Film Review: Ola Bola

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I watched Ola Bola, a recent Malaysian football film, with two football mad boys, aged 8 and 6. This is what we made of it:

 #Review by SD, aged  8

Ola Bola is a movie about the Malaysian football team in 1976. At first, they were not very good. They didn’t know how to work together.  When a new coach joined, it got worst because he moved the players around and even threw out the star player. It was a disaster. They lost to South Korea 6-1 and so many other teams. After some time, they got better. They got better because they realised that they needed to work in a team and all players are important. The players had to be very, very disciplined and motivated. They trained  very hard but at least, they got to train in very beautiful places all over Malaysia. There were some very green hills that they had to climb which was very nice.

In the finals, Malaysia managed to beat South Korea 3-2 . What a victory! What a goal!  However, it was sad because Malaysia boycotted the Olympics that year and the team could not make it to the Olympics although they qualified.

I hope that my friends and I can train hard enough to play soccer and win. We will get better if we work together! And I hope the Malaysian soccer team now gets as good as this team.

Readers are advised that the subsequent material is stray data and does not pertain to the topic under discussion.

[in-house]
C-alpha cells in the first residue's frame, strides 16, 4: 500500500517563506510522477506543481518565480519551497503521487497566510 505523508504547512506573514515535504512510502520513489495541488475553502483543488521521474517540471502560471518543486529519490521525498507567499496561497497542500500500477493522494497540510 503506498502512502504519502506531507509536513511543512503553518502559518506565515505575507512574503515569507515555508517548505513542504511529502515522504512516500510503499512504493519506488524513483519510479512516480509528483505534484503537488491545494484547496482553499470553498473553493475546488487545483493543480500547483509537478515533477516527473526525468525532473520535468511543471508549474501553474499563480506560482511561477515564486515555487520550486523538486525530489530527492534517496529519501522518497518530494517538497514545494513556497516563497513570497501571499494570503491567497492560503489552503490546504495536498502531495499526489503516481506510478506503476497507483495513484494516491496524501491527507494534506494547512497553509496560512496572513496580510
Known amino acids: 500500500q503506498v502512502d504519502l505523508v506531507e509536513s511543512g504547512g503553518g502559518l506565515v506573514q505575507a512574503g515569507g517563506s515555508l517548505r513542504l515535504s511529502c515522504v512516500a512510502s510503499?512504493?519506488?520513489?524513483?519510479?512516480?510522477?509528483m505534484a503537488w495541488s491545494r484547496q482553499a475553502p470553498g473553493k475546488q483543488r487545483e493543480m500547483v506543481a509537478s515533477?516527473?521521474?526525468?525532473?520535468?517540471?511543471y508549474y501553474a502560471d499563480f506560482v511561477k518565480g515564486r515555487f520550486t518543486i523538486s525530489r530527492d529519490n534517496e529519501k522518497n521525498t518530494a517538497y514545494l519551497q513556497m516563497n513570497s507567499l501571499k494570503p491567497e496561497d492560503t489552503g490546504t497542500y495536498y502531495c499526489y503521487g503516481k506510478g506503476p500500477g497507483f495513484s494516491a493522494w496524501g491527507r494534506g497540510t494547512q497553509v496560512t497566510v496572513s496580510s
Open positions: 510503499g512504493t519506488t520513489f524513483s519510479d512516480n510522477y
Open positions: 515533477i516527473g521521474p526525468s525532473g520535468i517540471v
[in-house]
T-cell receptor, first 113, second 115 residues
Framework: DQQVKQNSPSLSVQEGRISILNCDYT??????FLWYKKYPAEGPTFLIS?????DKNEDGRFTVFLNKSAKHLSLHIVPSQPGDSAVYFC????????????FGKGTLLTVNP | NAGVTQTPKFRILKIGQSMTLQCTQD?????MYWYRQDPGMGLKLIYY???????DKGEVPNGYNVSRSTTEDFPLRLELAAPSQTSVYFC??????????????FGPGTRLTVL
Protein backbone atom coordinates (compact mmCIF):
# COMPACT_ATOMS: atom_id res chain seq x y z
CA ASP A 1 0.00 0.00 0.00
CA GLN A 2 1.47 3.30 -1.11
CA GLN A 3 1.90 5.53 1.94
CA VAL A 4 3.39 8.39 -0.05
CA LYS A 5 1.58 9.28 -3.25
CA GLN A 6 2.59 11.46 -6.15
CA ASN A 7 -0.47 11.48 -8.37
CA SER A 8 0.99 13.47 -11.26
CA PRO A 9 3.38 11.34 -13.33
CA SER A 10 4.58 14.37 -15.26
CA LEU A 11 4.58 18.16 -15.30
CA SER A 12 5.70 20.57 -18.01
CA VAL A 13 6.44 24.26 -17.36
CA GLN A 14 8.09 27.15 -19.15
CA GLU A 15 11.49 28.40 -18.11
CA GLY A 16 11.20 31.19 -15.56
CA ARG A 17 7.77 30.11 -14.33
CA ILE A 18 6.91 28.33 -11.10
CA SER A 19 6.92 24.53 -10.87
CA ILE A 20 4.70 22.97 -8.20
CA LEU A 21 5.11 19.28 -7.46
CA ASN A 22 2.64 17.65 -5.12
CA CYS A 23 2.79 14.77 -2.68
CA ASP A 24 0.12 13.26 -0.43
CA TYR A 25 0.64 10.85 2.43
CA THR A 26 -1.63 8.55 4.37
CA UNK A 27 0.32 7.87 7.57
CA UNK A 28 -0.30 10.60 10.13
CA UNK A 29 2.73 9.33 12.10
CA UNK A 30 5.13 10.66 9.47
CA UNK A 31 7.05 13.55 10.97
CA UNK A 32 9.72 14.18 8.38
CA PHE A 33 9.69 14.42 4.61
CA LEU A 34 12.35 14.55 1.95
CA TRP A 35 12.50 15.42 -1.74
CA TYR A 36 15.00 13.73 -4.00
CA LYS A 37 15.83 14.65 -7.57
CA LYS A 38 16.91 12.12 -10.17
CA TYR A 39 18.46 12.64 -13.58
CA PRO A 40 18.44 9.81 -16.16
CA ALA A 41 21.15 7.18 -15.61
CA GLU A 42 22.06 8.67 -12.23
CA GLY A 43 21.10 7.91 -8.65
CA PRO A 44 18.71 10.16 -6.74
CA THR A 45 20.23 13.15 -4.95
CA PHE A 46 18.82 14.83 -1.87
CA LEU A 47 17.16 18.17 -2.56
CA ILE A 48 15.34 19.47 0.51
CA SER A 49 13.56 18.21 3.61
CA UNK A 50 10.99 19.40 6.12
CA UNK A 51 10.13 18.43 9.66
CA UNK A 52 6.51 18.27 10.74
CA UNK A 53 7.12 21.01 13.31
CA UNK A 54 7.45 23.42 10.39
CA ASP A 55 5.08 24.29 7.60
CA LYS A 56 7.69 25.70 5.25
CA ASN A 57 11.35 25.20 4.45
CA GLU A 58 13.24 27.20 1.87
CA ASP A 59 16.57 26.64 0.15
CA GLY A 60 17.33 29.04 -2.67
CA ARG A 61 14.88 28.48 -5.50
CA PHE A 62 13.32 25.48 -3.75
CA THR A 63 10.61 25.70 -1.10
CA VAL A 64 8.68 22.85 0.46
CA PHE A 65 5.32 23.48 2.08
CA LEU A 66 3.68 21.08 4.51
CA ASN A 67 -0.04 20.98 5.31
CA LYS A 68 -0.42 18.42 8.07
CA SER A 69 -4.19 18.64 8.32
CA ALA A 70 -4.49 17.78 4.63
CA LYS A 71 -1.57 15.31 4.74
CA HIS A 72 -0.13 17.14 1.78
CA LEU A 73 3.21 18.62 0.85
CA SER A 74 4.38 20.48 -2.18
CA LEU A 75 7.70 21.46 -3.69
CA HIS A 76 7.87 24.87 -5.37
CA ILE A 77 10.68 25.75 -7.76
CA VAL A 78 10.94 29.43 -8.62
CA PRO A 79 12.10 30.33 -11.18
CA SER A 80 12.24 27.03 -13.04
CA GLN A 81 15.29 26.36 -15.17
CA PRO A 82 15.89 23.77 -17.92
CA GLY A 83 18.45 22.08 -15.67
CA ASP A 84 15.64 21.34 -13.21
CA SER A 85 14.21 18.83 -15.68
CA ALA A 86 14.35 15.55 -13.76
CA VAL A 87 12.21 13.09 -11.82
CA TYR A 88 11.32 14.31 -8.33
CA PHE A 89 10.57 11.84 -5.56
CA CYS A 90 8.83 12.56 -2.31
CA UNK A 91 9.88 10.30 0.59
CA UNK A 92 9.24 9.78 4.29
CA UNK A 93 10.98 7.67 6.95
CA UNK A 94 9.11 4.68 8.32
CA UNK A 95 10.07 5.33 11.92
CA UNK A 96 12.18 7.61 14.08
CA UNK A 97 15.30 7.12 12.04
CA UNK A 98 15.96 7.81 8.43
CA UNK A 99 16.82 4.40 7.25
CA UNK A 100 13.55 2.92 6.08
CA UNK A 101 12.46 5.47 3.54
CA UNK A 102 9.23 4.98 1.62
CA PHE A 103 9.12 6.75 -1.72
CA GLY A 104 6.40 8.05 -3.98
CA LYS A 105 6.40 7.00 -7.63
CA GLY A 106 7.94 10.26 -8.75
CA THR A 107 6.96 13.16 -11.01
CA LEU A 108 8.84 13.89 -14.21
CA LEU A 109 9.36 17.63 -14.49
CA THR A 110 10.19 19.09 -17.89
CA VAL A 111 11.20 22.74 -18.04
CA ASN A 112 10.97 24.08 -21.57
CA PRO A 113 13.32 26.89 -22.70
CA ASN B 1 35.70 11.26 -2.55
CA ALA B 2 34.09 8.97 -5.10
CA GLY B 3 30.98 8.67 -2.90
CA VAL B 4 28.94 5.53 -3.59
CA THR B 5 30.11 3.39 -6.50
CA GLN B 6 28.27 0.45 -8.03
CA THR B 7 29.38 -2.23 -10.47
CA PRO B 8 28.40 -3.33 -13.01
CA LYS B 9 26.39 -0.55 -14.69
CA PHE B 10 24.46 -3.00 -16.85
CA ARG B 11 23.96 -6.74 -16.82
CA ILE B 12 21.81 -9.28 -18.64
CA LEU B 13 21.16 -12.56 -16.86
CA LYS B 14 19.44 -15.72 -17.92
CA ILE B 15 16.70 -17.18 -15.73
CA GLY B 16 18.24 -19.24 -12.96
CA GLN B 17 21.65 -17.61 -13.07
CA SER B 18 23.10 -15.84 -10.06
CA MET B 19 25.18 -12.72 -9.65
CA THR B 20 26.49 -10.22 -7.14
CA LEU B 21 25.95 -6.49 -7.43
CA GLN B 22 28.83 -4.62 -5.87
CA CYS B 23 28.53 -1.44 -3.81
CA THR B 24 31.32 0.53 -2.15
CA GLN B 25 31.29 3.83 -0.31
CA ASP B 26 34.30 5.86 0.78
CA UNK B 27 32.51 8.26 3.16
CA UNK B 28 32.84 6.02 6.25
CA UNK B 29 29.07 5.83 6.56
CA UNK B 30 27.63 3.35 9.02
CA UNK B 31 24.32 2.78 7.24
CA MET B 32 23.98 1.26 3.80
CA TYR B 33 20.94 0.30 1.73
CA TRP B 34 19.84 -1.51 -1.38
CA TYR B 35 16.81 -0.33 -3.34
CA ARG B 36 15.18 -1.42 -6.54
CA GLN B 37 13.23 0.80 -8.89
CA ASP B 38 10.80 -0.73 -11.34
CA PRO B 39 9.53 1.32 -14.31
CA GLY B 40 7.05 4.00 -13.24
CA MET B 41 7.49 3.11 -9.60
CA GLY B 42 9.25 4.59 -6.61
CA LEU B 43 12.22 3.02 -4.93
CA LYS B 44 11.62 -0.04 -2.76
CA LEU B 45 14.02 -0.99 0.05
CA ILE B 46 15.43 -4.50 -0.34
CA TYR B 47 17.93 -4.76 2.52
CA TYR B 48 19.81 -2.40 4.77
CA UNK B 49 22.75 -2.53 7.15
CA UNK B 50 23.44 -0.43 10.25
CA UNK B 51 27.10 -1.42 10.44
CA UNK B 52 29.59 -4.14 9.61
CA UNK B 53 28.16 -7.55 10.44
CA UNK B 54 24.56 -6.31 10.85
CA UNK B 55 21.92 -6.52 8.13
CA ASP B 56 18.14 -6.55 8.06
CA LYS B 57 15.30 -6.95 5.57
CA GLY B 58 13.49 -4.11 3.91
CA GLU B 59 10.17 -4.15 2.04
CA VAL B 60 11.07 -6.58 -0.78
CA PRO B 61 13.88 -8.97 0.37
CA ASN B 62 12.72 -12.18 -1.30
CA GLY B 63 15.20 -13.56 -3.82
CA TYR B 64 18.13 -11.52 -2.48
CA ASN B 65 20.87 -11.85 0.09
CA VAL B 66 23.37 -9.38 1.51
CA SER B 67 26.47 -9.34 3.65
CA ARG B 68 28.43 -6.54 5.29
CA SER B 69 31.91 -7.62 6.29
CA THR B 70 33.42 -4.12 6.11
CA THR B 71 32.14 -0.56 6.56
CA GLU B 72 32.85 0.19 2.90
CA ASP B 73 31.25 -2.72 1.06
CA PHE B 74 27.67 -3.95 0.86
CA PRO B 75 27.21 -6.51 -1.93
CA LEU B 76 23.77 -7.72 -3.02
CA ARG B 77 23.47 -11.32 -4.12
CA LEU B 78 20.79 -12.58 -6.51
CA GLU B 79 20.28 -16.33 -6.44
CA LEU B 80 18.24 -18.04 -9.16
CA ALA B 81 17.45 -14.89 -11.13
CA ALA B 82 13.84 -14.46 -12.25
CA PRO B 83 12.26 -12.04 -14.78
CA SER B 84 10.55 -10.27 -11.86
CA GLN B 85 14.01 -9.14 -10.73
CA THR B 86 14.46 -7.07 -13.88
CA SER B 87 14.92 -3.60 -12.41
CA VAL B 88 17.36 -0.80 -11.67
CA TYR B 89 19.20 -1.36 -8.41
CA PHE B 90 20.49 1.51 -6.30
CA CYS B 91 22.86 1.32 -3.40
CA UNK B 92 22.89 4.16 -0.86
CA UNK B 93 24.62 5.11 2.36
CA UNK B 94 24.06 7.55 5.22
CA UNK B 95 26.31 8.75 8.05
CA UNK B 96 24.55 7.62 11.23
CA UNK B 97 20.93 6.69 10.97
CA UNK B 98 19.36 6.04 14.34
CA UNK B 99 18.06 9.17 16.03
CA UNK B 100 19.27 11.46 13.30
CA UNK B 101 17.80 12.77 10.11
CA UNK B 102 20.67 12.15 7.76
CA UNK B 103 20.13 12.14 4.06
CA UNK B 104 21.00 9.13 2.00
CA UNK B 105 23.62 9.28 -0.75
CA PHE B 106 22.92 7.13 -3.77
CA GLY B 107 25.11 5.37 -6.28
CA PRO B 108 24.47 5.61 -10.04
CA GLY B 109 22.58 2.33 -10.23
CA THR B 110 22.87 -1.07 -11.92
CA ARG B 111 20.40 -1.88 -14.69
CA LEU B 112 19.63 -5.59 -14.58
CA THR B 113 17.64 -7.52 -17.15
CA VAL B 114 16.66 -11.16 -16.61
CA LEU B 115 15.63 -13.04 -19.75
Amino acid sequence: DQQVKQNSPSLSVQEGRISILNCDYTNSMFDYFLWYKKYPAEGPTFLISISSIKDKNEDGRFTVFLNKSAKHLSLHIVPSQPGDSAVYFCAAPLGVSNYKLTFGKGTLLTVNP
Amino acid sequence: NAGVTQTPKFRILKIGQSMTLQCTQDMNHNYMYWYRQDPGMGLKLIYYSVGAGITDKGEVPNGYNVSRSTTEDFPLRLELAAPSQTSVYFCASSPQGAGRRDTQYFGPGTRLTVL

OlaBola_Movie_Poster
Photo: Official site of Ola Bola

#Review by Mama

Ola Bola is a rose-tinted football movie, a trip down memory lane to Malaysia in the 1970s. It is really worth a watch as it captures an emerging nation and its young people. We journey with the soccer team as they grow in confidence and become a strong team. There are endearing insights into the families of some players which was a real delight because it highlighted daily Malaysian life a long time ago when agriculture was the main economic staple – including manually processing and drying rubber as well as coconut picking in a coconut plantation. Surely, a big contrast to today’s economy that is fueled (no pun intended!) by oil and gas.

I particularly liked the mixing of vernacular language – they spoke like how Malaysians speak-lah and did not succumb to to sanitising the English.

The movie has been criticised for failing to accurately capture the real historical details of the national football of that time – but at the end of the day, the creative license pays off and it is a few hours of rousing entertainment and some laughs. The soundtrack is also charming.

While Ola Bola no longer is screened in all cinemas,  do try to look it up or watch it when Astro brings it to your living room.  It’s a light and nice introduction  to Malaysian life a long time ago. It certainly inspired my boys to play more soccer!

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